Risk                Category       Prob.          Impact       Risk Exp.
Are the best
people            staff             55%         catastrophic
available?

Are enough
people            staff             63%           critical
available?

Have staff
received the
                  staff             25%           marginal
necessary
training?

Is a SW
management        environment       40%          negligible
tool available?

1-Catastrophic, 2-Critical, 3-Marginal, 4-Negligible
Risk averse people:                    Risk seeking people:
   I like being dependable and I’m         I like action, and I act
   usually punctual.                       impulsively at times.
   I am not likely to take chances.        I seek excitement for the thrill of
   I am responsible and prefer to          the experience.
   work efficiently.                       I am resourceful and prefer not
   I am more service oriented than         to plan or prepare.
   self oriented.                          I am more self oriented than
   I value institutions and observe        service oriented.
   traditions.                             I like to anticipate another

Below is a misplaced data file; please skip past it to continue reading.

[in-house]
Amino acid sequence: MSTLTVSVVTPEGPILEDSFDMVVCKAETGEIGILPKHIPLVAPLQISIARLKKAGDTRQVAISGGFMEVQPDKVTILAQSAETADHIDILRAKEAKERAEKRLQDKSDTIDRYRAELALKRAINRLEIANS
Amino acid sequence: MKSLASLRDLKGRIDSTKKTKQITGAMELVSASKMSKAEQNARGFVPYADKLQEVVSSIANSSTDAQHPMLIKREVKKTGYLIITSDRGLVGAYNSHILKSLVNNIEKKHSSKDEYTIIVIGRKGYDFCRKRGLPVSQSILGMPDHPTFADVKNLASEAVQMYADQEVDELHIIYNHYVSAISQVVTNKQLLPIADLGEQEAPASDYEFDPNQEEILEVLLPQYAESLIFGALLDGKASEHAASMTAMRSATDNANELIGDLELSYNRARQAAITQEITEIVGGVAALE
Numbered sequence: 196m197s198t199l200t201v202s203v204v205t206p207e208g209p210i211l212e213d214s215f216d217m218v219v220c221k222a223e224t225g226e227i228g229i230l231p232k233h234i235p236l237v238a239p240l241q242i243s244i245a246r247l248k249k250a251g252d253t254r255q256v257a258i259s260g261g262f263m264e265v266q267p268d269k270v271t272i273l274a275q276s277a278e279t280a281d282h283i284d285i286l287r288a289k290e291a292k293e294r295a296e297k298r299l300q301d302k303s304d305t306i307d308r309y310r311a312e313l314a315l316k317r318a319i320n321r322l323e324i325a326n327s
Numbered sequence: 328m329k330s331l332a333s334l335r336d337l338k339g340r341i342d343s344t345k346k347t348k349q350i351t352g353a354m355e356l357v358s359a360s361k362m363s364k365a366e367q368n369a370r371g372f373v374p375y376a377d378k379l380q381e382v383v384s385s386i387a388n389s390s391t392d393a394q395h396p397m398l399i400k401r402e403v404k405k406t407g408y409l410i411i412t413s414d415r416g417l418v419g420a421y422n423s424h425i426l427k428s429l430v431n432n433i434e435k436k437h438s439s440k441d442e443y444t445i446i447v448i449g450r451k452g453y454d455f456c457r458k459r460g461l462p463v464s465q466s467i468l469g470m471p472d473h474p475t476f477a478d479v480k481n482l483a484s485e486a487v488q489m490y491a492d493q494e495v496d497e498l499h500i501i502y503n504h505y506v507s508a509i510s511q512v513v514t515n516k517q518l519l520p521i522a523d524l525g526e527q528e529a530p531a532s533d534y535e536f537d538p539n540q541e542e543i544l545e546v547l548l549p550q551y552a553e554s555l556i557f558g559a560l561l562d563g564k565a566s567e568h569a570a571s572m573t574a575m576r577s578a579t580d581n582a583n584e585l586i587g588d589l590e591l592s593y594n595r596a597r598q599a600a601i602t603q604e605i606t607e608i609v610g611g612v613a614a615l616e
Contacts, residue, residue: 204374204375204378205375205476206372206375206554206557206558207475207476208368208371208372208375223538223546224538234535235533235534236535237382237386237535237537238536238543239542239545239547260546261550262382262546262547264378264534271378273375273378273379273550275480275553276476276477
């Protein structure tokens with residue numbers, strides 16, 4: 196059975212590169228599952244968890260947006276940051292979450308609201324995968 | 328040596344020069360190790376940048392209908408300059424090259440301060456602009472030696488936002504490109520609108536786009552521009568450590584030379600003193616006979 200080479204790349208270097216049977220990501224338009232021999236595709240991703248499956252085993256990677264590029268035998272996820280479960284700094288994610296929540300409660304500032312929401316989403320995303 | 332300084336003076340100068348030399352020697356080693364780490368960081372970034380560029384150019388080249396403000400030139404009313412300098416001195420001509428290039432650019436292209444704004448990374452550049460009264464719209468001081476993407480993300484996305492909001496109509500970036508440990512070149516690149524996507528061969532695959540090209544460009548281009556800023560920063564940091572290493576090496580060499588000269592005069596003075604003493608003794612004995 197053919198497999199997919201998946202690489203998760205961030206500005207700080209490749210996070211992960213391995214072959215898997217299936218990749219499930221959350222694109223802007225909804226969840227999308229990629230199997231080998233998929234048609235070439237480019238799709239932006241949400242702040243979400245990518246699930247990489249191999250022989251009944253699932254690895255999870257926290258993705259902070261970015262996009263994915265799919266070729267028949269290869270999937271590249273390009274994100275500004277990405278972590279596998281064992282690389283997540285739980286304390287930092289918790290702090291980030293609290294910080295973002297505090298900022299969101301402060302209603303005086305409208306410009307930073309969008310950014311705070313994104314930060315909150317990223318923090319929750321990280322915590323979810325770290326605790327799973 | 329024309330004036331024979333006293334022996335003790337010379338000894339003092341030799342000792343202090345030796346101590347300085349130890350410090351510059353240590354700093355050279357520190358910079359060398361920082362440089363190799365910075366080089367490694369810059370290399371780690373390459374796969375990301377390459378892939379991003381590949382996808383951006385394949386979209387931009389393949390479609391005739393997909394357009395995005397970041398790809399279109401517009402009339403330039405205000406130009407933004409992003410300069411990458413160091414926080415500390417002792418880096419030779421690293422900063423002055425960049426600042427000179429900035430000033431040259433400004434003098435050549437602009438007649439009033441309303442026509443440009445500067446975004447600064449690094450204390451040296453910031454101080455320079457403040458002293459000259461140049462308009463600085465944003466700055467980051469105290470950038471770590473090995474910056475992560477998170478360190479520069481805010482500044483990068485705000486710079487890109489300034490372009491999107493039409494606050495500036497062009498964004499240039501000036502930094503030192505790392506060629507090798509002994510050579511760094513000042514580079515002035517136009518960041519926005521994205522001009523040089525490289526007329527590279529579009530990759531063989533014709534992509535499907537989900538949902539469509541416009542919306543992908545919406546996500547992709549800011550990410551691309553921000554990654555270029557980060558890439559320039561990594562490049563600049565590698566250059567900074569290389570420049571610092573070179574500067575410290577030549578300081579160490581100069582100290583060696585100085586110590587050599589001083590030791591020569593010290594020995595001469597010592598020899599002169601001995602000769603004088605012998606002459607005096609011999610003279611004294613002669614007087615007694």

person’s position.

Risk neutral people:
   I trust my intuition, and I am comfortable with unknown.
   I think about the future and have long-range objectives.
   I am naturally curious and often ask, “Why?”
   I enjoy generating new ideas.
   I work best when I am inspired.
Risk Deliverable
  Identify risks for your project.
  Rank each risk according to probability.
  Rank each risk according to impact.
  1-Catastrophic, 2-Critical, 3-Marginal, 4-Negligible
  Order risks according to Risk Exposure.
  Decide which risks you need to mitigate.
  Create risk mitigation action items for each of those
  risks.
  Track all identified risks on your website.
During class today you may sign up for a debate topic. Each
group will then pull numbers to decide who will argue on which
side of the debate (for and against).
Each group member must make at least one comment before
anyone is allowed to make more than one comment during the
debate; if you are shy, go first and make one of the obvious points.
Once everyone has spoken once, group members may contribute
at will during the group's turn.
The "floor" will alternate between teams in short intervals,
controlled by the clock.
A good strategy is to know BOTH sides of each question so you
can be prepared not only to carry your own argument, but also
prepared to refute the arguments THEY are likely to make.
Debate # 1: Agile vs. Planned
A. Requirements should be developed upfront so that you can manage